What Types of Start-ups Receive Funding from the Small Business Innovation Research (SBIR) Program? Evidence from the Kauffman Firm Survey

Reynold V. Galope


This paper integrates the Kauffman Firm Survey with the Small Business Innovation Research (SBIR) recipient dataset to examine in more depth the characteristics of small business start-ups that received R&D subsidy from SBIR. Our selection analysis first shows that SBIR program funds are distributed disproportionately to start-ups whose owner has a post-graduate education. The odds of being granted SBIR R&D subsidies are also higher for those who had prior R&D experience and owned patents at the start of their business operations. Start-ups that are operating in the high-technology sector are also more likely to receive SBIR funds than start-ups in traditional sectors. Surprisingly, start-ups that did not sell goods and services are more likely to receive SBIR grants. Interestingly, location matters but at a different direction: start-ups located in states that are not known for their R&D performance are more likely to receive SBIR funding.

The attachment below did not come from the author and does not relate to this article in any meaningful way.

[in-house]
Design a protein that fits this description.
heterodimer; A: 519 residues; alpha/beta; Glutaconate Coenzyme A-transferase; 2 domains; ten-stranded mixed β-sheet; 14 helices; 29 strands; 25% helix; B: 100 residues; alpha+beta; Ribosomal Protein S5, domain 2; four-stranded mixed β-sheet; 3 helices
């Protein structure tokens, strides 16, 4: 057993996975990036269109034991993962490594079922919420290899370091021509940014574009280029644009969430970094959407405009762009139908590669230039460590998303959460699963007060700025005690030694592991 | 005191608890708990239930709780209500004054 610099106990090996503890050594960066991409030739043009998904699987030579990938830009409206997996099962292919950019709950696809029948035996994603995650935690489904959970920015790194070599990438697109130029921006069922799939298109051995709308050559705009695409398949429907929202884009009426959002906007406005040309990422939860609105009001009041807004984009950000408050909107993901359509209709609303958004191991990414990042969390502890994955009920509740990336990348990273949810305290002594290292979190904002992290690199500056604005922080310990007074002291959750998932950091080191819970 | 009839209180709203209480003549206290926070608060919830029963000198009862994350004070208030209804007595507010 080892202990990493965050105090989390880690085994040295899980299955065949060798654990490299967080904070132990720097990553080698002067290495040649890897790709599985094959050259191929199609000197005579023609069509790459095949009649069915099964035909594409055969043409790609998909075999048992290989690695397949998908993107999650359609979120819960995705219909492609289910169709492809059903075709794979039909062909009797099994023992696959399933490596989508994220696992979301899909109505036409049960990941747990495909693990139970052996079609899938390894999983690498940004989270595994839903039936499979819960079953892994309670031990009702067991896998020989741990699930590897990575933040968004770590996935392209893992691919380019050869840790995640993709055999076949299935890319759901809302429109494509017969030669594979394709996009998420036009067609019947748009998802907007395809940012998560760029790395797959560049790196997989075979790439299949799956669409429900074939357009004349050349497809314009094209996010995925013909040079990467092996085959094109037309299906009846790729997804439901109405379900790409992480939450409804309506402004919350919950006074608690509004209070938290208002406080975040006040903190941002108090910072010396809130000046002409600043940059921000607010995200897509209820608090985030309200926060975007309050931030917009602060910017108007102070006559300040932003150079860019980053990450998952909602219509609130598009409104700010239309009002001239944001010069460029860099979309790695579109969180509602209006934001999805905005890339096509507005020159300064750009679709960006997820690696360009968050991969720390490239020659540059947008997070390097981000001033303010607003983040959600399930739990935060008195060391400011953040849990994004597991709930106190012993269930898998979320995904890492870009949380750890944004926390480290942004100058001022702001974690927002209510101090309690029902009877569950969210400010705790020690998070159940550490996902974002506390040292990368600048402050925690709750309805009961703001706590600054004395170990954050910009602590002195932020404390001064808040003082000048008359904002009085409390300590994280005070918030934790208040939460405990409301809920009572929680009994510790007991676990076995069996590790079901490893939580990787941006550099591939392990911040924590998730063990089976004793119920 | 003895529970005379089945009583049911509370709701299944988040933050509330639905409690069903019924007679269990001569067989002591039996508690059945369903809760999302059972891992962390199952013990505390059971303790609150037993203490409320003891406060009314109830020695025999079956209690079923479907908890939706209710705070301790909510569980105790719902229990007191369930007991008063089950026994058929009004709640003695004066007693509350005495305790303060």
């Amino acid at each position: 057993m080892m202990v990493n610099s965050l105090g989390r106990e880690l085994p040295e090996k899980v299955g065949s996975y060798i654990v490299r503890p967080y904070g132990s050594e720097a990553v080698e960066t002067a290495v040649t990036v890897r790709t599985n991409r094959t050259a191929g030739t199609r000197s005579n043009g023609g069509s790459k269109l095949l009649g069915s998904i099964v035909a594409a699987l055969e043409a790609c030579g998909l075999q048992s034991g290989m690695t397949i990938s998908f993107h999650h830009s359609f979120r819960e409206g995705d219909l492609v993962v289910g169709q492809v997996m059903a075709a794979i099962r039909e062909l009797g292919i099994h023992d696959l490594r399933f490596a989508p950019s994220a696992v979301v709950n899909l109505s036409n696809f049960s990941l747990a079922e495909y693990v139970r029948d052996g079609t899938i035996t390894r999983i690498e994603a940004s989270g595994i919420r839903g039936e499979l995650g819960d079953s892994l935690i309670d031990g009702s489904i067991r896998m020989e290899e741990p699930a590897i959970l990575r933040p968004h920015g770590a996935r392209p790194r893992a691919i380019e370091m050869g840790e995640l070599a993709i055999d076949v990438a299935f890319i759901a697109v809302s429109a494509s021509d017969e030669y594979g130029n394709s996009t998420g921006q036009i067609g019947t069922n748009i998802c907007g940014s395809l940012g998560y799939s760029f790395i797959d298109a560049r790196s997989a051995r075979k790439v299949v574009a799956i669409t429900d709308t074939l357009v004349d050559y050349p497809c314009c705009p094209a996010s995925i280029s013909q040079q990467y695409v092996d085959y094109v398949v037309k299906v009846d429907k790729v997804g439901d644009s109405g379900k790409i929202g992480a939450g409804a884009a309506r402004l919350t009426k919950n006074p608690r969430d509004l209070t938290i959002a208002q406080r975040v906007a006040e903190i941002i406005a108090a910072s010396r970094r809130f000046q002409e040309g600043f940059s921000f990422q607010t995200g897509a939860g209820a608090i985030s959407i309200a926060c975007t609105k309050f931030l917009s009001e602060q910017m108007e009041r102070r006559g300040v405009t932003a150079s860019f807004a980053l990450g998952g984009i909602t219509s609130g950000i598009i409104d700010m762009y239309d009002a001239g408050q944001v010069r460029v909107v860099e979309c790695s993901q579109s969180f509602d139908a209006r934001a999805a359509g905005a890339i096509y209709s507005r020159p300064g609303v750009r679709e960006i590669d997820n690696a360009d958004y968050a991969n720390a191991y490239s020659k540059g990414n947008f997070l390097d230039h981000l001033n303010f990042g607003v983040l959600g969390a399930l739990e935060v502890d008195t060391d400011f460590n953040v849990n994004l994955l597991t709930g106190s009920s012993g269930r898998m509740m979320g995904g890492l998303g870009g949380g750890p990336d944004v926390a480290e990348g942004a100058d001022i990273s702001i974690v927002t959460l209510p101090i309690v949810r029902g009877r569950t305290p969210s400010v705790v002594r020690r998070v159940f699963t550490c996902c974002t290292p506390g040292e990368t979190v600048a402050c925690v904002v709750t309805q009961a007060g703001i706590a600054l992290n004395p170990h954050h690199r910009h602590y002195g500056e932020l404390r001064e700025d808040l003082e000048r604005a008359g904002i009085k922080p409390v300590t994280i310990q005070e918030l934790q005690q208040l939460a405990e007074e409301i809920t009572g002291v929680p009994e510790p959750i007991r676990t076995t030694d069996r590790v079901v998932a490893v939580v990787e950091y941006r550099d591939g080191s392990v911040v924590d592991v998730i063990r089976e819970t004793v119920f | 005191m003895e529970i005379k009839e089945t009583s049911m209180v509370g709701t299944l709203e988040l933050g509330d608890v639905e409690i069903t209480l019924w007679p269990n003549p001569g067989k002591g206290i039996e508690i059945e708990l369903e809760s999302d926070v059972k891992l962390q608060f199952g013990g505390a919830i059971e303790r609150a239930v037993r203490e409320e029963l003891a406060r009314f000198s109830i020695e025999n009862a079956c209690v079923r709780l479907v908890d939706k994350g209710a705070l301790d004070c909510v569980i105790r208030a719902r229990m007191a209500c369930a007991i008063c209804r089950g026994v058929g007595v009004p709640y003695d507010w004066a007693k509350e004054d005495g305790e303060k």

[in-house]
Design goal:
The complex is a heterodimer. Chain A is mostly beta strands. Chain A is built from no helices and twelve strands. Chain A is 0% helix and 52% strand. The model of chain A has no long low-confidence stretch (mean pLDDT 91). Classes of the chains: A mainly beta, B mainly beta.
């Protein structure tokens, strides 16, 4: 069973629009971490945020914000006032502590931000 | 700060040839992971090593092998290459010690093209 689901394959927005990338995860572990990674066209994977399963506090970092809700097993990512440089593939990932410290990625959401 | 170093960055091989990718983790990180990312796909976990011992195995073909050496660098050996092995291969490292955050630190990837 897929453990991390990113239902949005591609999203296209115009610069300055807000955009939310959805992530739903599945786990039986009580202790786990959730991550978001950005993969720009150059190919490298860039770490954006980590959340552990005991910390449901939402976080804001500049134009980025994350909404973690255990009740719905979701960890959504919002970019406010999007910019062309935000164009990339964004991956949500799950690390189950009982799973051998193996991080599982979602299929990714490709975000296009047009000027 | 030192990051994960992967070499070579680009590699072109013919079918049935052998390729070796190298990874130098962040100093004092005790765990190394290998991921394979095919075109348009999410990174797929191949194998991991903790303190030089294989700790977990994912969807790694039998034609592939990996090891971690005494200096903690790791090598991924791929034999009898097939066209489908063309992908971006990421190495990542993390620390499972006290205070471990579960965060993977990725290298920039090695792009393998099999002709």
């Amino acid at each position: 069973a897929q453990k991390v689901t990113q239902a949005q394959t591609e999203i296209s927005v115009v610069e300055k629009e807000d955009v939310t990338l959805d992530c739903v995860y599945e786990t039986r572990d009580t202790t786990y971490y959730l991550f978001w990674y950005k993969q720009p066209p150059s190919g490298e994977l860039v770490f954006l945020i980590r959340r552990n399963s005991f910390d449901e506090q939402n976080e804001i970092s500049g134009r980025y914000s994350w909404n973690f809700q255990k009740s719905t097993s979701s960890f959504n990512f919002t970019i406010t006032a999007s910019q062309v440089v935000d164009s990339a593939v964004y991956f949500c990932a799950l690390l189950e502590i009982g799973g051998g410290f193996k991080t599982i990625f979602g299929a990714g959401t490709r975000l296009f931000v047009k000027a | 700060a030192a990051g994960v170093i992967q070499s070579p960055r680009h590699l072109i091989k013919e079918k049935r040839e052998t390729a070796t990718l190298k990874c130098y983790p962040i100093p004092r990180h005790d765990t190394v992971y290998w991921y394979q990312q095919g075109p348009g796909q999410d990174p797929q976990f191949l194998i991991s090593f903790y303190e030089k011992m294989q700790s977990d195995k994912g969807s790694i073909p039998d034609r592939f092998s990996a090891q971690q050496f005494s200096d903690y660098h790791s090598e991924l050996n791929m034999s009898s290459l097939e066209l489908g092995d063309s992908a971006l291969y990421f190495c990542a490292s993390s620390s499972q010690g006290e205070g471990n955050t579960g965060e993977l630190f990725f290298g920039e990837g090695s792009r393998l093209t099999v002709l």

small and medium enterprises; research and development (R&D); high-technology start-ups; Small Business Innovation Research (SBIR); innovation policy; Kauffman Firm Survey (KFS)

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DOI: http://dx.doi.org/10.4067/S0718-27242014000200002

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